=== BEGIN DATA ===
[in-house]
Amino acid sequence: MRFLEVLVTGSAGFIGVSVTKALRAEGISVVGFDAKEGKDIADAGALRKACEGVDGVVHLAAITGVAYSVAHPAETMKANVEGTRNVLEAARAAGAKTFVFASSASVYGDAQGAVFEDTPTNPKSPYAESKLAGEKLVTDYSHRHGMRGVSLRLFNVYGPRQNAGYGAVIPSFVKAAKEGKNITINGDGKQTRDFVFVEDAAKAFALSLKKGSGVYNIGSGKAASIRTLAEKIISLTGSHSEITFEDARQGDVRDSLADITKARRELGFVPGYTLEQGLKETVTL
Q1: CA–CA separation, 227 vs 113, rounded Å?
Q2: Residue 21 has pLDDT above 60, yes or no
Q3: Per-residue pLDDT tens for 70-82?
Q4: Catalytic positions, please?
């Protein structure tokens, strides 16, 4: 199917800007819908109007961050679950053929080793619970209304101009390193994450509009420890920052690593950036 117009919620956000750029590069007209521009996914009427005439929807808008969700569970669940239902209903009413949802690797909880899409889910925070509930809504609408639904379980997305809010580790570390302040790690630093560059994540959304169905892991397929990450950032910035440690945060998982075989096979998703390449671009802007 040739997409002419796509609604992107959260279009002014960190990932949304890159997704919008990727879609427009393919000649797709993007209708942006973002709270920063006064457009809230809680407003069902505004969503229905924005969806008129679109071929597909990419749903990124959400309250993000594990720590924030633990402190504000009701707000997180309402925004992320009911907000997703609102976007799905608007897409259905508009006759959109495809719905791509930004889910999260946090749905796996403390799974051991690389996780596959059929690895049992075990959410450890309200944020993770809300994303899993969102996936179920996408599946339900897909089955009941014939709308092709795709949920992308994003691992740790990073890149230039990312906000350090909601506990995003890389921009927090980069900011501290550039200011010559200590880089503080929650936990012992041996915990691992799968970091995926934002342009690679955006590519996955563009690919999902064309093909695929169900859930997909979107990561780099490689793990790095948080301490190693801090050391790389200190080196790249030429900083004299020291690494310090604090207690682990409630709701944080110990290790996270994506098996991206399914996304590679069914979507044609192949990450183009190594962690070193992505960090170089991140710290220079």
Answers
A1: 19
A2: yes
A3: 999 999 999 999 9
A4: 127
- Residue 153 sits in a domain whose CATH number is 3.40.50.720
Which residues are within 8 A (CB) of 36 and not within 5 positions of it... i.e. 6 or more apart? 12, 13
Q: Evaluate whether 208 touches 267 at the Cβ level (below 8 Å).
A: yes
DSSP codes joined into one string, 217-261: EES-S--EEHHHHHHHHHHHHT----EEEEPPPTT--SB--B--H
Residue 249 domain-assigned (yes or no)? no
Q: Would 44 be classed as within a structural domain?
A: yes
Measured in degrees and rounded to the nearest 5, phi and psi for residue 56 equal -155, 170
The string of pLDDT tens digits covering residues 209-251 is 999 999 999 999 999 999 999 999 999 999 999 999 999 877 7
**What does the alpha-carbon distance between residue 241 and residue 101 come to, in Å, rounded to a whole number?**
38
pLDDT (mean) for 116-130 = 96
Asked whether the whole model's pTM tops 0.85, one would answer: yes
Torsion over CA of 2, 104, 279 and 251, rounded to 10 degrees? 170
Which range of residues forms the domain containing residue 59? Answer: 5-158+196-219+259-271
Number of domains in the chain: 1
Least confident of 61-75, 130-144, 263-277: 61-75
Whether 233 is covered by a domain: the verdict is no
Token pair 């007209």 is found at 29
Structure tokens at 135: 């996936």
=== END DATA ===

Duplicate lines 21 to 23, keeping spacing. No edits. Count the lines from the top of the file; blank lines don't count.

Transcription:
Measured in degrees and rounded to the nearest 5, phi and psi for residue 56 equal -155, 170
The string of pLDDT tens digits covering residues 209-251 is 999 999 999 999 999 999 999 999 999 999 999 999 999 877 7
**What does the alpha-carbon distance between residue 241 and residue 101 come to, in Å, rounded to a whole number?**